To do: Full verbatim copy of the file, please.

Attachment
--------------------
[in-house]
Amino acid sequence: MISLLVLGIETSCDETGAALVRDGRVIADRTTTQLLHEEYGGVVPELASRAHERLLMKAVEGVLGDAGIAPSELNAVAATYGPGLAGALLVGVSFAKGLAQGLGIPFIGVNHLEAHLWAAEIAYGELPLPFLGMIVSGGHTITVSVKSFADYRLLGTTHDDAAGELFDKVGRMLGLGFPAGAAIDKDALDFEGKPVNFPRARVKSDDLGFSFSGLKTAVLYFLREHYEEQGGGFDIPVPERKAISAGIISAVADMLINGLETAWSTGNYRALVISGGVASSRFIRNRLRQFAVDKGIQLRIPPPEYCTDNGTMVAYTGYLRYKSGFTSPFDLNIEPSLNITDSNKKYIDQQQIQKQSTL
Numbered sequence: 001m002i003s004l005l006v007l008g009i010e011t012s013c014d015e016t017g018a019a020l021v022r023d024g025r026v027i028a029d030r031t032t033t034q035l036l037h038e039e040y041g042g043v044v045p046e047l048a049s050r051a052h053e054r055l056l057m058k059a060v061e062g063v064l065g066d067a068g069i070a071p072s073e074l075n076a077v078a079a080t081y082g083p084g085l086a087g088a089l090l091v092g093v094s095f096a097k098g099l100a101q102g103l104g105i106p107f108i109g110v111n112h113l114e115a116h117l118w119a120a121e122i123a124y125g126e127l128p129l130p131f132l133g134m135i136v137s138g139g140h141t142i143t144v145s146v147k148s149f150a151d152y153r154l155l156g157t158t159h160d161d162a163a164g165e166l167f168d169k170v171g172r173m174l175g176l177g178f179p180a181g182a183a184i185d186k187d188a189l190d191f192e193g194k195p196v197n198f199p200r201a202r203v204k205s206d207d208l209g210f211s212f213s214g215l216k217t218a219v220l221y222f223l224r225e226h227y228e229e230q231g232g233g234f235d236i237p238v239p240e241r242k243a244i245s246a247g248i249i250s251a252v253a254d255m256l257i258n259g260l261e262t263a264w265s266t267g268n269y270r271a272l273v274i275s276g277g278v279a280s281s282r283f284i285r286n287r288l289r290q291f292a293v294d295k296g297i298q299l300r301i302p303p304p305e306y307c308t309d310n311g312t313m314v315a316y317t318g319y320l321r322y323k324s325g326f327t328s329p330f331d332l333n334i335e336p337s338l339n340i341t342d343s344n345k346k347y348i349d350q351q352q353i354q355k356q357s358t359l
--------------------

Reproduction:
[in-house]
Amino acid sequence: MISLLVLGIETSCDETGAALVRDGRVIADRTTTQLLHEEYGGVVPELASRAHERLLMKAVEGVLGDAGIAPSELNAVAATYGPGLAGALLVGVSFAKGLAQGLGIPFIGVNHLEAHLWAAEIAYGELPLPFLGMIVSGGHTITVSVKSFADYRLLGTTHDDAAGELFDKVGRMLGLGFPAGAAIDKDALDFEGKPVNFPRARVKSDDLGFSFSGLKTAVLYFLREHYEEQGGGFDIPVPERKAISAGIISAVADMLINGLETAWSTGNYRALVISGGVASSRFIRNRLRQFAVDKGIQLRIPPPEYCTDNGTMVAYTGYLRYKSGFTSPFDLNIEPSLNITDSNKKYIDQQQIQKQSTL
Numbered sequence: 001m002i003s004l005l006v007l008g009i010e011t012s013c014d015e016t017g018a019a020l021v022r023d024g025r026v027i028a029d030r031t032t033t034q035l036l037h038e039e040y041g042g043v044v045p046e047l048a049s050r051a052h053e054r055l056l057m058k059a060v061e062g063v064l065g066d067a068g069i070a071p072s073e074l075n076a077v078a079a080t081y082g083p084g085l086a087g088a089l090l091v092g093v094s095f096a097k098g099l100a101q102g103l104g105i106p107f108i109g110v111n112h113l114e115a116h117l118w119a120a121e122i123a124y125g126e127l128p129l130p131f132l133g134m135i136v137s138g139g140h141t142i143t144v145s146v147k148s149f150a151d152y153r154l155l156g157t158t159h160d161d162a163a164g165e166l167f168d169k170v171g172r173m174l175g176l177g178f179p180a181g182a183a184i185d186k187d188a189l190d191f192e193g194k195p196v197n198f199p200r201a202r203v204k205s206d207d208l209g210f211s212f213s214g215l216k217t218a219v220l221y222f223l224r225e226h227y228e229e230q231g232g233g234f235d236i237p238v239p240e241r242k243a244i245s246a247g248i249i250s251a252v253a254d255m256l257i258n259g260l261e262t263a264w265s266t267g268n269y270r271a272l273v274i275s276g277g278v279a280s281s282r283f284i285r286n287r288l289r290q291f292a293v294d295k296g297i298q299l300r301i302p303p304p305e306y307c308t309d310n311g312t313m314v315a316y317t318g319y320l321r322y323k324s325g326f327t328s329p330f331d332l333n334i335e336p337s338l339n340i341t342d343s344n345k346k347y348i349d350q351q352q353i354q355k356q357s358t359l